Big Heet retains parts of the post-hardcore approach that informed Ex-Breathers without merely retreading the same ground. One listen to “Flint,” the lead single from the band’s debut album On A Wire, shows a band going even further back into hardcore’s past.
Lindsey Jordan has a way of remaining mellow through the entire album of ups and downs, steady through her self-reflections. Her dreamy voice lingering through each line, the over-arcing feel of the record is best described as sleepy and yearning, her voice delicately crushing your heart at every corner.
Human Giving is a paranoid, tense, and at times breathtakingly lush record that feels like the culmination of an evolution that started with the band’s beginnings in 2012. Their latest is more careful and deliberate, setting focus on the journey and filling its landscapes with warm tones over a more calculated build.
While Yanked may tap out around the 20-minute mark, the six songs offer no shortage of sonic variety. One of Yankee Bluff’s preeminent strengths is the contrast between Helmis and Dionne’s songwriting styles. Where Helmis leans toward sunny, anthemic arrangements of distorted open chords, Dionne doubles down on melancholic, off-kilter picking riffs
The quintet, led by the songwriting duo of Taylor Batton and Jack Stansbury (ex-Princess Reason), create warm Americana and "slacker" pop with an effortless feel. Everything is natural. Everything is easy-going. Their songs feel like lost memories, experiences you've lived over and over, and yet, it all seems new.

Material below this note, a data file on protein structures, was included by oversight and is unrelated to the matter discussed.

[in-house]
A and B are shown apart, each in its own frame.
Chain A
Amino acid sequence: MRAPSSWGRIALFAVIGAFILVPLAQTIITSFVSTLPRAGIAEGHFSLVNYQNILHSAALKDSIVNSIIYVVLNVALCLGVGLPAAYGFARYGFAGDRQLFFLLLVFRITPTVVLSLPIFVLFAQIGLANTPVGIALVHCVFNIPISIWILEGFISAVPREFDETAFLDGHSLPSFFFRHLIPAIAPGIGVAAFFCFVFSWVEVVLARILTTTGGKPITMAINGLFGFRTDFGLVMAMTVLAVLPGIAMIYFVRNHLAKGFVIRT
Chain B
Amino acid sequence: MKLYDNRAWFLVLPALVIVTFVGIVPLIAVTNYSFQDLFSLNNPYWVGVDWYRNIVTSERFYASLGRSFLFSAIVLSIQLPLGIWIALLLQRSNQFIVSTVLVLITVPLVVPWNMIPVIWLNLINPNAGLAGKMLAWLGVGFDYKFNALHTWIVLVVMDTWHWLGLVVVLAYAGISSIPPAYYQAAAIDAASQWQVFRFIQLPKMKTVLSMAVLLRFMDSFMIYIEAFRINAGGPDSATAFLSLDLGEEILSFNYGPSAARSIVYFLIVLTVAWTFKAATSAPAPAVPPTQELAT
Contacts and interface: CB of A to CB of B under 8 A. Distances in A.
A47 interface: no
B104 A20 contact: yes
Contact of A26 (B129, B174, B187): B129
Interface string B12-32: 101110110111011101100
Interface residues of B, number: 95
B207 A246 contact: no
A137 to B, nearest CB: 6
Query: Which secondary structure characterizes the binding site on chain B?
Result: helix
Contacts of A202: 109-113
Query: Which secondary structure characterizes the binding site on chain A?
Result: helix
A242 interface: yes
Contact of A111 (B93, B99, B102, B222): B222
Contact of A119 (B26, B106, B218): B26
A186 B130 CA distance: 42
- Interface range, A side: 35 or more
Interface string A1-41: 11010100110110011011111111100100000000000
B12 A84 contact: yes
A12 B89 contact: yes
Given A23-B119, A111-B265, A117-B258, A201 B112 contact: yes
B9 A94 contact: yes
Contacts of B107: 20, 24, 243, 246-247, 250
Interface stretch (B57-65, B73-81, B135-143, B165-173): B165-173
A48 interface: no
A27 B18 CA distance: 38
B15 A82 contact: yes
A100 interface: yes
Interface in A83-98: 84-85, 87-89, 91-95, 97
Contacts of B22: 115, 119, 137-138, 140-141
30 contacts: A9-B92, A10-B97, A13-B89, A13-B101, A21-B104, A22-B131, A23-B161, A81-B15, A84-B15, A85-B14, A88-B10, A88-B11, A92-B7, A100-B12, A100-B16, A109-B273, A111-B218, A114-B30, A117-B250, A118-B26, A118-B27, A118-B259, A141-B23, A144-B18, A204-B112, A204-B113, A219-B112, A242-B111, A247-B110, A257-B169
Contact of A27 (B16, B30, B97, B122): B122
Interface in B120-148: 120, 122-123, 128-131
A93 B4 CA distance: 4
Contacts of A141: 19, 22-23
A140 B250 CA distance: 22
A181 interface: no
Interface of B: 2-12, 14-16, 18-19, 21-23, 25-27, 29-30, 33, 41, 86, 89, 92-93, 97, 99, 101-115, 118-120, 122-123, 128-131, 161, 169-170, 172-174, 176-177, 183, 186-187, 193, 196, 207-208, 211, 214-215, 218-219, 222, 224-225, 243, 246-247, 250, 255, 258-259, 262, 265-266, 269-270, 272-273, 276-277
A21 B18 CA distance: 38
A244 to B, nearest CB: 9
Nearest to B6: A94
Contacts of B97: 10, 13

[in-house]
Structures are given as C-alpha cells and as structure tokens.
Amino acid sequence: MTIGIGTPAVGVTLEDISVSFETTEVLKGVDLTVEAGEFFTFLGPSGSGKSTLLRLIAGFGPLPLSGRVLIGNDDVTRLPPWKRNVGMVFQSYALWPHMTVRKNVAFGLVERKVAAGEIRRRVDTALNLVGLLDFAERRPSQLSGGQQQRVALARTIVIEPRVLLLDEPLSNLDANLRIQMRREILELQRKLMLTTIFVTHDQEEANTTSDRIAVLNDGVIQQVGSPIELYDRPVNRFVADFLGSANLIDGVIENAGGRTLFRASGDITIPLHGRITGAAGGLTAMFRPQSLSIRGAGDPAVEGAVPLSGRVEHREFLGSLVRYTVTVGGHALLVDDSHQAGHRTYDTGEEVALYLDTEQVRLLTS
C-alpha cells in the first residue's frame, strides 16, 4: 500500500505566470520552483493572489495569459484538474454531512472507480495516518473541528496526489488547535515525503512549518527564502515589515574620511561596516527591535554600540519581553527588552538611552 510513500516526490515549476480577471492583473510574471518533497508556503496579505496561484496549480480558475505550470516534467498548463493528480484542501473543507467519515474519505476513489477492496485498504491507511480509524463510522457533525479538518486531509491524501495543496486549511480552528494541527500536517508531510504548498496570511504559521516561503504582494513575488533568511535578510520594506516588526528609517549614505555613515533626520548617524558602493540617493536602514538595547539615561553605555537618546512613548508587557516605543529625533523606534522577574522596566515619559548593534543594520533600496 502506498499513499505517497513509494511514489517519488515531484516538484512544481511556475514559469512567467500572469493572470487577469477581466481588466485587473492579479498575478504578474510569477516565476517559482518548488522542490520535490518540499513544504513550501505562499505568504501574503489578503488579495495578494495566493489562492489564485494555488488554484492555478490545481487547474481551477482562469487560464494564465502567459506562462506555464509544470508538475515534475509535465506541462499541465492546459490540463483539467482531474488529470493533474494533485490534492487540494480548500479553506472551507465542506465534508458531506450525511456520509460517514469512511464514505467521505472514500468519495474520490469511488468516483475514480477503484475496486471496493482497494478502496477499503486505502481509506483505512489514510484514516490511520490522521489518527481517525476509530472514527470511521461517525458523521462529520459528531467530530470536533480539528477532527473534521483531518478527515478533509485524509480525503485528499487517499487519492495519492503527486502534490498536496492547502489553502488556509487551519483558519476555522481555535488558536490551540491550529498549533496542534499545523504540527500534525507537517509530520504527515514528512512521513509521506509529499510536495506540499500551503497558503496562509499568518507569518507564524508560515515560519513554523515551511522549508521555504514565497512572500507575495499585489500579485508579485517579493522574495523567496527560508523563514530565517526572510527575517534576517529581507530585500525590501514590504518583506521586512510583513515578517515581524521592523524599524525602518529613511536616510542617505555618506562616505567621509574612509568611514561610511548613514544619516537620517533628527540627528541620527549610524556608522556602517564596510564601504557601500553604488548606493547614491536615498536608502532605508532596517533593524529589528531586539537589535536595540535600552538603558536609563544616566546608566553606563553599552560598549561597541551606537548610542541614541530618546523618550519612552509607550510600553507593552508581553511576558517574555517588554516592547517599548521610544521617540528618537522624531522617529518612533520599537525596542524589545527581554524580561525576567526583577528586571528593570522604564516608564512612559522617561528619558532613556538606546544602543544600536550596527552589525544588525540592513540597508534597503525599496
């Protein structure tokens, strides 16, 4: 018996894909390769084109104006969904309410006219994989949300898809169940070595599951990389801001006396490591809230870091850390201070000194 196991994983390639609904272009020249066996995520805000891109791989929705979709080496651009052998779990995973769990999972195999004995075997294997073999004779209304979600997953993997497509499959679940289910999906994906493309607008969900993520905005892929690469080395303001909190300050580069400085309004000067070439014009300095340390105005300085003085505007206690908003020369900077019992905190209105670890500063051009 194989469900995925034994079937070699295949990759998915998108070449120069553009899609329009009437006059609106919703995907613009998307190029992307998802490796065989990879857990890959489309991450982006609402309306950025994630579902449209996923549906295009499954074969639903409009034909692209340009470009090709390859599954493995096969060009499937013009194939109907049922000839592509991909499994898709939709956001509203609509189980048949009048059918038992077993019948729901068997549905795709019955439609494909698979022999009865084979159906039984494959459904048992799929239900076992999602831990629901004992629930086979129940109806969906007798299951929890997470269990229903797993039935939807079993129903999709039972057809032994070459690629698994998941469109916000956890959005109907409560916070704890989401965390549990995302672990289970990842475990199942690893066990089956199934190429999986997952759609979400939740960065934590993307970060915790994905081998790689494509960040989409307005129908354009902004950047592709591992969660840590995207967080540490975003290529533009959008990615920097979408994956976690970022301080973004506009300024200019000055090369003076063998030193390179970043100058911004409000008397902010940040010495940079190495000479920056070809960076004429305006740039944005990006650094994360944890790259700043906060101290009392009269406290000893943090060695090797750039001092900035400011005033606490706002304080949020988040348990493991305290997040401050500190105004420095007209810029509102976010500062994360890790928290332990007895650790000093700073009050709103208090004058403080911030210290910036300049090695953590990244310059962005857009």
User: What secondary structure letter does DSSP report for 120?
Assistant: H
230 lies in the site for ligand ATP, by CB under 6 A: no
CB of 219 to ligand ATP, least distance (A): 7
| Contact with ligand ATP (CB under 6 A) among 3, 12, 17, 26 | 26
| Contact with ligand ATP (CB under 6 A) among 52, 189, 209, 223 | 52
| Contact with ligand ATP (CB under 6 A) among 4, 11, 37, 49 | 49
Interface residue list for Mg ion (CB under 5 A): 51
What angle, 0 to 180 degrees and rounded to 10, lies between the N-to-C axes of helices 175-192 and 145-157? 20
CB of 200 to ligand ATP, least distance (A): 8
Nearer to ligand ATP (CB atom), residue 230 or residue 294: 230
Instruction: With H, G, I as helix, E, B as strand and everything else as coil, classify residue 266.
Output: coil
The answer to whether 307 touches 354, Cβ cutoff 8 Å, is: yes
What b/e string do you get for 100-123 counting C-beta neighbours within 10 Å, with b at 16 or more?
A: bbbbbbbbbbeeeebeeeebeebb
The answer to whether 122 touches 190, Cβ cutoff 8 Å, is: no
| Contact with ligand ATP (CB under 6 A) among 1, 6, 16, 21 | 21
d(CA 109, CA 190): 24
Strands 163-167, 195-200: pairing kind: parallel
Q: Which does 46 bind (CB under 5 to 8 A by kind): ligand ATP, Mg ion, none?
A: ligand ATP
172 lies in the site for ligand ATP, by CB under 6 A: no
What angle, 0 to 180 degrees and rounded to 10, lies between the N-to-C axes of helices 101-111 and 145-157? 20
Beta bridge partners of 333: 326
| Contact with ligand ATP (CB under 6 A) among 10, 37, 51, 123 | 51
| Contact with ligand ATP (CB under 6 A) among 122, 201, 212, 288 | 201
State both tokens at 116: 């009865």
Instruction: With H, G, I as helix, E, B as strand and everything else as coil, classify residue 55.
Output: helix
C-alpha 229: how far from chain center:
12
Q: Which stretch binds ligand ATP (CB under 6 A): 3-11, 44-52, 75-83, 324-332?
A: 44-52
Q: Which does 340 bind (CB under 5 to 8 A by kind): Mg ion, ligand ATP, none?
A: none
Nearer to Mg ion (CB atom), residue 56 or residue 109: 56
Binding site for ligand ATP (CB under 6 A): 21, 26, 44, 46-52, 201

Fans of Elf Power are going to find plenty to enjoy as a band should sound fairly confident in themselves after releasing twelve records previously. For a band whose sound was never defined by the Elephant 6’s unabashed love of all things ‘60s, they sound here like they’ve never aged, frozen in time but not defined by it.
Over the past four years, thanks to a sparkling debut EP and subsequent full-length, the duo has become a genuine cult sensation entirely without the help of a record label; only recently, with the release of new single “Talk a Lot,” did Morgan and Shih add a publicist to their minimal, close-knit team, which otherwise only includes a booking agent and a publisher.
Philadelphia's Cherry hit the sweet spot where power-pop and slacker fuzz-punk meet, blending together enormous guitar tones with even bigger melodies. Similar to the hometown DIY bands before them, the quintet create weary pop tunes with layers of hazy guitars, fuzzed out solos, and inescapable hooks of pure gold.
All Aboard is the follow up to the stunning Here Comes Washer and truly a journey in itself. It begins with “Forget Everything,” which has a dreamy opening but then soon becomes distinctively Washer as Quigley’s vocals kick in, feel effortless, and seems to fit perfectly with the actual message or mood of each song.